Learning for Semantic Interpretation: Scaling Up Without Dumbing Down (2000)
Most recent research in learning approaches to natural language have studied fairly ``low-level'' tasks such as morphology, part-of-speech tagging, and syntactic parsing. However, I believe that logical approaches may have the most relevance and impact at the level of semantic interpretation, where a logical representation of sentence meaning is important and useful. We have explored the use of inductive logic programming for learning parsers that map natural-language database queries into executable logical form. This work goes against the growing trend in computational linguistics of focusing on shallow but broad-coverage natural language tasks (``scaling up by dumbing down'') and instead concerns using logic-based learning to develop narrower, domain-specific systems that perform relatively deep processing. I first present a historical view of the shifting emphasis of research on various tasks in natural language processing and then briefly review our own work on learning for semantic interpretation. I will then attempt to encourage others to study such problems and explain why I believe logical approaches have the most to offer at the level of producing semantic interpretations of complete sentences.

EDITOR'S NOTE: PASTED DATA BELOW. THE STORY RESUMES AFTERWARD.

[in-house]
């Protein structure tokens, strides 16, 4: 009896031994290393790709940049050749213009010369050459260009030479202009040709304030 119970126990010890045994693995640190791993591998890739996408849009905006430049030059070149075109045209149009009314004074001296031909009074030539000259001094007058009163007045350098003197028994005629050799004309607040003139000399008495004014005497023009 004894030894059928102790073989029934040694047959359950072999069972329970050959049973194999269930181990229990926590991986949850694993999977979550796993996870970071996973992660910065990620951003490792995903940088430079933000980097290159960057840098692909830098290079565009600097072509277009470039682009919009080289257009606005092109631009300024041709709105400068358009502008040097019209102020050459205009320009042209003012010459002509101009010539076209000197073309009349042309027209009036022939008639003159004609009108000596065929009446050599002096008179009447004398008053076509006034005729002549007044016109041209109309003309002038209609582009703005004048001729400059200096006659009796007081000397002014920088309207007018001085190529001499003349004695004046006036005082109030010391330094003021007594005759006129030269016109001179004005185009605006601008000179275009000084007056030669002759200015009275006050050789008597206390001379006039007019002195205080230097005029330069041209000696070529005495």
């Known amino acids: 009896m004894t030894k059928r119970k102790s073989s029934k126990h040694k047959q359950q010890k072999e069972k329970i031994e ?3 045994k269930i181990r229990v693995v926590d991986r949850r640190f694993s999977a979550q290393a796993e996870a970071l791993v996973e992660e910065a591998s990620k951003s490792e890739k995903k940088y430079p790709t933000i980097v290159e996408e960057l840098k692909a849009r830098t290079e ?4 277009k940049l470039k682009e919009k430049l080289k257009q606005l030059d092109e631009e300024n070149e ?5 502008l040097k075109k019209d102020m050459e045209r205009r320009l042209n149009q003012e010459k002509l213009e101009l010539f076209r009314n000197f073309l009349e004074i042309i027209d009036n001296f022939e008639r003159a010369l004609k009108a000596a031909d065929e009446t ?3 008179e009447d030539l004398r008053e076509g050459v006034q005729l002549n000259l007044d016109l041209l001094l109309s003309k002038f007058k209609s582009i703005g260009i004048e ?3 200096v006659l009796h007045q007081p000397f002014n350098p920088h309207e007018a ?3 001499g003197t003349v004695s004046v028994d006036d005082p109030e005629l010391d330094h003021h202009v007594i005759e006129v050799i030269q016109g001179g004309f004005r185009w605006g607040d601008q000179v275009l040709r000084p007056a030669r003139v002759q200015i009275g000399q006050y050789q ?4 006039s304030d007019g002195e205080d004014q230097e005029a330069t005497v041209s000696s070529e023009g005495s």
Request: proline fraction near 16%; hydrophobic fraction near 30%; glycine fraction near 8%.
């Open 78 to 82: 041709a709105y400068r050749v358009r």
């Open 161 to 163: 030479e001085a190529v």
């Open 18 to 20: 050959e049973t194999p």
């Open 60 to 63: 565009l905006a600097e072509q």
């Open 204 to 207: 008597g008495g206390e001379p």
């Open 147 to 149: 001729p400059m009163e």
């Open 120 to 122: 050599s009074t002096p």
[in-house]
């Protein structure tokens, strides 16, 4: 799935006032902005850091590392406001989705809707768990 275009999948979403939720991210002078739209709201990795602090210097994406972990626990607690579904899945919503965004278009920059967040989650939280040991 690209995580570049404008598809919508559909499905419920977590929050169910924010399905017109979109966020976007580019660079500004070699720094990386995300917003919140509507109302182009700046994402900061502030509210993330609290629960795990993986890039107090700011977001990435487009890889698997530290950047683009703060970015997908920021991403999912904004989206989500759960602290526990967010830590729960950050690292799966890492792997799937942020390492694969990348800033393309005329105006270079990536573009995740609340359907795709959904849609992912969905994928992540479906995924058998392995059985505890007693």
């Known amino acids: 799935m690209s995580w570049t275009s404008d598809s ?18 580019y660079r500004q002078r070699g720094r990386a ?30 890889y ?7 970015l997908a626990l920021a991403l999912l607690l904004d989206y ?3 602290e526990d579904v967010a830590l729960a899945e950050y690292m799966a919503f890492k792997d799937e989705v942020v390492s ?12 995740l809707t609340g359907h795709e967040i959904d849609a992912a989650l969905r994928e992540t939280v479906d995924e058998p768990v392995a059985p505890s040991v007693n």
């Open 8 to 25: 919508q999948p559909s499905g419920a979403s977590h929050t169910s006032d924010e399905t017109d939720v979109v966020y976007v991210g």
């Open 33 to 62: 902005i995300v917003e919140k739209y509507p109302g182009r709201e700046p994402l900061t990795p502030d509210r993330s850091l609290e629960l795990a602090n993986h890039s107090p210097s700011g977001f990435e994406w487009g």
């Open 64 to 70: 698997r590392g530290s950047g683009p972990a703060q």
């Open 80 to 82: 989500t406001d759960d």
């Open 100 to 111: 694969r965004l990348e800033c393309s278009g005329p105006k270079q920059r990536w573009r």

In Workshop Notes for the Workshop on Learning Language in Logic, pp. 7-15, Bled, Slovenia 2000.

Raymond J. Mooney Faculty mooney [at] cs utexas edu